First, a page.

Pheu Thai promises B25k monthly wage

Pheu Thai promises B25k monthly wage

People walk past an election campaign poster of the Pheu Thai Party in Bangkok in January. (Photo: Apichart Jinakul)
People walk past an election campaign poster of the Pheu Thai Party in Bangkok in January. (Photo: Apichart Jinakul)

The Pheu Thai Party has pledged to raise the minimum monthly wage for salaried employees to 25,000 baht by 2027 as part of efforts to woo voters ahead of the general election.

Paopoom Rojanasakul, the party's deputy secretary-general, said the Pheu Thai-led government under former prime minister Yingluck Shinawatra, raised the salary to 15,000 baht 11 years ago, but it has not changed since then while the cost of living has risen by over 17% and labour productivity has grown by more than 20%.

"This goes to show salaried employees have contributed to economic growth, but they do not receive the remuneration they deserve. Their salaries are not compatible with the high cost of living," he said.

"One-third of the country's working population is also deep in debt and finding it hard to make ends meet," Mr Paopoom said.

"Pheu Thai will tackle the root cause of the problem. We will generate income for the working population to enable them to save enough money to prepare for old age instead of accumulating debt," he said.

"The party has a policy to raise pay to 25,000 baht for salaried employees both in the state and private sectors, as well as university graduates who are entering the labour market," Mr Paopoom said.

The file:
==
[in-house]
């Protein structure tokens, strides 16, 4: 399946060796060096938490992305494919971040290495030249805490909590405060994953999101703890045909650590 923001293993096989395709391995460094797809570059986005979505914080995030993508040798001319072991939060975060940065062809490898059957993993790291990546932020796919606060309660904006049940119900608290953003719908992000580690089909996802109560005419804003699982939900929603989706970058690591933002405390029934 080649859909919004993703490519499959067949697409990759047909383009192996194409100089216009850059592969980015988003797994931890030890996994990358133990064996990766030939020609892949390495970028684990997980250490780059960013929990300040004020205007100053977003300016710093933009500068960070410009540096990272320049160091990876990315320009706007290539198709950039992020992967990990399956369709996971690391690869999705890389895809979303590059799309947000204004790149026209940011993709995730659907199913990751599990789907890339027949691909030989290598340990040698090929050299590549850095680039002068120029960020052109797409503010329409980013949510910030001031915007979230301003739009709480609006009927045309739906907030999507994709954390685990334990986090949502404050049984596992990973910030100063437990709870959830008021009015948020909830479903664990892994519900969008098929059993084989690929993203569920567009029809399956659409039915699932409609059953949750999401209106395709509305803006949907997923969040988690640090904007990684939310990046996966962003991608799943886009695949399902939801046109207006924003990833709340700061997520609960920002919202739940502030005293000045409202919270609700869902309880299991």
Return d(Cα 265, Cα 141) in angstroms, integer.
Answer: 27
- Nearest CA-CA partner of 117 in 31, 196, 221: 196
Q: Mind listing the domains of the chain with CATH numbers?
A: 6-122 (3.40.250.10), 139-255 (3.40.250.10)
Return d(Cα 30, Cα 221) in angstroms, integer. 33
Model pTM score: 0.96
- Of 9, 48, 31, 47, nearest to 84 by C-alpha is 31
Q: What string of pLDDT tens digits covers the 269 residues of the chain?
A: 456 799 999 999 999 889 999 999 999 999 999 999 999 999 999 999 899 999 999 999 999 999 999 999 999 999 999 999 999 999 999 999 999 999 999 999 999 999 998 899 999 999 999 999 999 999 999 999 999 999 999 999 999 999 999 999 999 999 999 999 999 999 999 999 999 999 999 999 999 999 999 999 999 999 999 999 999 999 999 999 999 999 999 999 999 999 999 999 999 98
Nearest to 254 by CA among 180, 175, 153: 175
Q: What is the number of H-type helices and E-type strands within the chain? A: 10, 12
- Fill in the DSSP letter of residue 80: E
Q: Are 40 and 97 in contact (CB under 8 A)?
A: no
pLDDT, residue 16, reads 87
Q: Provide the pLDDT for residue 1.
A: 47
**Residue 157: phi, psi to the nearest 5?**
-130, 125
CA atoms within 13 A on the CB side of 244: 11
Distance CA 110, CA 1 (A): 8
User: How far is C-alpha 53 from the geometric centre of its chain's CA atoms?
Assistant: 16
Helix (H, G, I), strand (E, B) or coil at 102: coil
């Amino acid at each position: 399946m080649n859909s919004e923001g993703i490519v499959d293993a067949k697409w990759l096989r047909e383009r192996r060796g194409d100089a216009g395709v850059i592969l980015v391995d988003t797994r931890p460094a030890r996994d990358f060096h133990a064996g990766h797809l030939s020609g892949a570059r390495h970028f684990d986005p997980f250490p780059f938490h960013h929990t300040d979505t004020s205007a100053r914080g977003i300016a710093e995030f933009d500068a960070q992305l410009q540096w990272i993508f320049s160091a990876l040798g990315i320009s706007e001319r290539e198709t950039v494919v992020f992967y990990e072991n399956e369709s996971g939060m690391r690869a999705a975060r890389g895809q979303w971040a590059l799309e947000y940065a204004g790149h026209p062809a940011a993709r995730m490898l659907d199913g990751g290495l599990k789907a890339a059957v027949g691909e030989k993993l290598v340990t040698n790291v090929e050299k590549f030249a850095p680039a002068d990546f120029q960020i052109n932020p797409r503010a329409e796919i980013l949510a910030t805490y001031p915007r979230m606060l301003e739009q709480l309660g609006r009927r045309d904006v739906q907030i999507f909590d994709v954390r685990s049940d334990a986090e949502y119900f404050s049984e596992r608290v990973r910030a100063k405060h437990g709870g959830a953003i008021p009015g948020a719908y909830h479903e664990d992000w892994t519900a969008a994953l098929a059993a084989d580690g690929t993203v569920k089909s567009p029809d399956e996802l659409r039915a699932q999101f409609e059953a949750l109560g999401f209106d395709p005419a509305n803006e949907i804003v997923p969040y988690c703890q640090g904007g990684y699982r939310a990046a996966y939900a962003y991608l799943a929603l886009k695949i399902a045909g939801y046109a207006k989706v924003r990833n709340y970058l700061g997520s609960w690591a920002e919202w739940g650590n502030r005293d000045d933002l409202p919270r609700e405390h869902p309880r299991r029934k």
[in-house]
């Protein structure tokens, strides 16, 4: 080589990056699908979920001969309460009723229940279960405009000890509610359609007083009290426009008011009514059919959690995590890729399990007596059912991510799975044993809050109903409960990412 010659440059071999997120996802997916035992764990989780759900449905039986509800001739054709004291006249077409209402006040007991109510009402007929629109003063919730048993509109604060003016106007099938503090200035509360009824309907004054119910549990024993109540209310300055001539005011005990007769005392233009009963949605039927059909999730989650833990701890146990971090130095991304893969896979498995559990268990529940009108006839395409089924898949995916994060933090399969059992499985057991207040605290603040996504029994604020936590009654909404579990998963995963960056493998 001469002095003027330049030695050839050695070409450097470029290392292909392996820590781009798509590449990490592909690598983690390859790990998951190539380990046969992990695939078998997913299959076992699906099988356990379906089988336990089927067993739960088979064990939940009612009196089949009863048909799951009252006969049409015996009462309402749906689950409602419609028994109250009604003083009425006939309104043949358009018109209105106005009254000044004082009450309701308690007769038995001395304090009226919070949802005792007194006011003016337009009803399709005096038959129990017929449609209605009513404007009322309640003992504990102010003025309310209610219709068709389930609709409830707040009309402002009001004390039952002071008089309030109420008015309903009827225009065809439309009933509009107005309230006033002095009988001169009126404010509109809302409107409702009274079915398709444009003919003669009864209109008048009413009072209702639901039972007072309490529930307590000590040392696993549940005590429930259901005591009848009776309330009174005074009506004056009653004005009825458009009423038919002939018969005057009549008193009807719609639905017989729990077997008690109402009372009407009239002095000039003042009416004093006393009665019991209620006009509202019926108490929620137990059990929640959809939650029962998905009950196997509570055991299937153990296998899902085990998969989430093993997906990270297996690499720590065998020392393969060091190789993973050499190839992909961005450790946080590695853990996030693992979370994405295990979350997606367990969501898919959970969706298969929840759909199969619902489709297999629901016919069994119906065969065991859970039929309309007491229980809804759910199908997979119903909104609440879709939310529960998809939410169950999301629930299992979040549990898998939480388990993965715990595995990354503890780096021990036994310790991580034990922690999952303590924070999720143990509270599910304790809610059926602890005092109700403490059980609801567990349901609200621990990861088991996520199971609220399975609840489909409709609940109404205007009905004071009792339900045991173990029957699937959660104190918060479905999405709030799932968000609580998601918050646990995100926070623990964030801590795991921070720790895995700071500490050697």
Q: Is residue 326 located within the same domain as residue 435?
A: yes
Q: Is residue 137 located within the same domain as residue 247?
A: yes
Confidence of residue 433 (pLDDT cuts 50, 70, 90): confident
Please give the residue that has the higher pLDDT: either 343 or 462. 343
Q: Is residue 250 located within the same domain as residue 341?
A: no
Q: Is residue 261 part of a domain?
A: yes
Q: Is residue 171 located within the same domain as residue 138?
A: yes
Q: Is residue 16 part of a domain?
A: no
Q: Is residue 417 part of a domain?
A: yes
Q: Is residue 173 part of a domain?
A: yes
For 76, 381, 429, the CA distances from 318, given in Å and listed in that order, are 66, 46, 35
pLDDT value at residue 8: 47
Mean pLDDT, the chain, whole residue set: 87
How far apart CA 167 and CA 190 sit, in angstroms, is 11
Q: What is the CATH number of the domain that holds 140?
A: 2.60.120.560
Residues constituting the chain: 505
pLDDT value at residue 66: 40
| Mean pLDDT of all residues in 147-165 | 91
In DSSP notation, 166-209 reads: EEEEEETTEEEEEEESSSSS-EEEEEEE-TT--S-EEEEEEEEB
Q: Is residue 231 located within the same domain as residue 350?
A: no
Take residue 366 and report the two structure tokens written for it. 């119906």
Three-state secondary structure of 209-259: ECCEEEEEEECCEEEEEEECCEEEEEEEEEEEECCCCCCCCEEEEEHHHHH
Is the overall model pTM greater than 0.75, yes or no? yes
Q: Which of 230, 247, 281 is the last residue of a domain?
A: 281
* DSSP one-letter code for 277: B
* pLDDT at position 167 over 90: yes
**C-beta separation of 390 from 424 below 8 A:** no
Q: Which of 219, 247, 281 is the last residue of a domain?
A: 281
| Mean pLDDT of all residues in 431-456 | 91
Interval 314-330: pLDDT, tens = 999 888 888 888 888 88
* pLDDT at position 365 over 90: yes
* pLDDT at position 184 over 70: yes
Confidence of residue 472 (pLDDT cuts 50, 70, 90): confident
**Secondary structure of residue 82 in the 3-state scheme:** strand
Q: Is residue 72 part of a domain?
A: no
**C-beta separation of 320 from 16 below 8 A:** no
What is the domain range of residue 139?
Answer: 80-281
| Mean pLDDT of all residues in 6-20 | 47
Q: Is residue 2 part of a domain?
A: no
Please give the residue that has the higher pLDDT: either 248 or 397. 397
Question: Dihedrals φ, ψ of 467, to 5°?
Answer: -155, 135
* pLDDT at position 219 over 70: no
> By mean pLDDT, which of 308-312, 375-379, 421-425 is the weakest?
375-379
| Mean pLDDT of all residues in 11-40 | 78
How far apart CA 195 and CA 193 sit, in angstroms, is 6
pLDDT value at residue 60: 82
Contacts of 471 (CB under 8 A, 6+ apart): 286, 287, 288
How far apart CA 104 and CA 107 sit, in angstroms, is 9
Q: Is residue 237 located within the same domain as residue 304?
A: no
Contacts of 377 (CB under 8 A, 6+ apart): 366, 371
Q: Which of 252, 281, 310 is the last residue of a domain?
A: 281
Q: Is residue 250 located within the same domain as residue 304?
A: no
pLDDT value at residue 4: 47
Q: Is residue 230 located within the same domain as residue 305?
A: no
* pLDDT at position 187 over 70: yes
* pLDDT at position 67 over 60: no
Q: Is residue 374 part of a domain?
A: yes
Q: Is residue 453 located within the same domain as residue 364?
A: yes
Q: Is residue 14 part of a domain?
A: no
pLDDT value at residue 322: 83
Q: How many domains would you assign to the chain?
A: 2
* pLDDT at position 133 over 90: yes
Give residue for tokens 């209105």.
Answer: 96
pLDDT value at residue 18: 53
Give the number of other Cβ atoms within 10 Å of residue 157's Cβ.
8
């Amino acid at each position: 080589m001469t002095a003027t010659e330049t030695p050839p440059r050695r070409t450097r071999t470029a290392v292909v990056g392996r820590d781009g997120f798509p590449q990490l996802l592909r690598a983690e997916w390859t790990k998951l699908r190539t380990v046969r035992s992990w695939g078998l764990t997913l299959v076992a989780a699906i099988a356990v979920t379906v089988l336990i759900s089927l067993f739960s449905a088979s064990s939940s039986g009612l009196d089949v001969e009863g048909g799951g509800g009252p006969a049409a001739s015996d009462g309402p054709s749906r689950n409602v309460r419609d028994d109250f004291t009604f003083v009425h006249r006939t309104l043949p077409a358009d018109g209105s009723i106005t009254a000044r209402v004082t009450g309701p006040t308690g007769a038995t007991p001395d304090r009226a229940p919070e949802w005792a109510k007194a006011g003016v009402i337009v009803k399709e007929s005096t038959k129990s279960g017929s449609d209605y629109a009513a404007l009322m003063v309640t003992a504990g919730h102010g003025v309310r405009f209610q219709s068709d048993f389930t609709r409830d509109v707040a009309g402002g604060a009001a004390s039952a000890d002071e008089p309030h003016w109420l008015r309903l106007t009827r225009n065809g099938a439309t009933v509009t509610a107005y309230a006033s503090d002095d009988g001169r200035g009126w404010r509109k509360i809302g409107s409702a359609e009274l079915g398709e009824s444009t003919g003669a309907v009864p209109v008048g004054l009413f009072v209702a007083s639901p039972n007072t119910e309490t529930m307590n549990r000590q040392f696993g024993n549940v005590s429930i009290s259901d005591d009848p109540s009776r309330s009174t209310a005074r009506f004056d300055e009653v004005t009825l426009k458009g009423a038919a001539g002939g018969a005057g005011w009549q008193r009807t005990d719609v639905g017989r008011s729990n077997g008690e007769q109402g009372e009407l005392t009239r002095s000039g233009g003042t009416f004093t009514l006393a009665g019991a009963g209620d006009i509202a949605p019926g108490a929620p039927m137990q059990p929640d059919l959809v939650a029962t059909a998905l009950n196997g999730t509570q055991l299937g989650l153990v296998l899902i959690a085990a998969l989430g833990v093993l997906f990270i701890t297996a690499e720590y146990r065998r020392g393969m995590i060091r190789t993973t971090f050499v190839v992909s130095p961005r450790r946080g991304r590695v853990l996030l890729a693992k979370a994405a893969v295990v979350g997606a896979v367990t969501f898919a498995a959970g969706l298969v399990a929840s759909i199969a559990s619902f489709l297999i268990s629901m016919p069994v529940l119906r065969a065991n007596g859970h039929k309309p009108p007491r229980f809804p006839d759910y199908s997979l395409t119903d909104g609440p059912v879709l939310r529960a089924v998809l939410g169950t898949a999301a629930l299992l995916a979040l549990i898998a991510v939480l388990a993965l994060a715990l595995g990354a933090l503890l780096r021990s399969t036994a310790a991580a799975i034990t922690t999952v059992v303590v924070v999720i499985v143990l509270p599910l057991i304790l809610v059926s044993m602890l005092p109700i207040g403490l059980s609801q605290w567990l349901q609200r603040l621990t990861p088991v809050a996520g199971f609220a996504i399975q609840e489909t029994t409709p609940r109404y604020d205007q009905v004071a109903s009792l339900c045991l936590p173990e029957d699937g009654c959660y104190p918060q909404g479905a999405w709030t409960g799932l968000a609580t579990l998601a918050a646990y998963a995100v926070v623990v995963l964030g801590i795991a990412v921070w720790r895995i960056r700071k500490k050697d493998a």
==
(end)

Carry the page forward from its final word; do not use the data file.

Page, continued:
He said the state officials' wages would gradually increase to 25,000 baht by 2027 in line with the changing economic circumstances and inflation so as not to affect the country's financial standing.

"When the economy achieves a full recovery, private companies will earn more and can afford to pay more to employees as well," he said.

First announced in December, Pheu Thai's pledge to lift the daily minimum wage to 600 baht and the monthly salary for those with a bachelor's degree to 25,000 baht drew criticism from Prime Minister Prayut Chan-o-cha.

Gen Prayut said it was easier said than done and the ramifications must be considered and vetted by a tripartite committee made up of workers, employers, the state, and also key investors.

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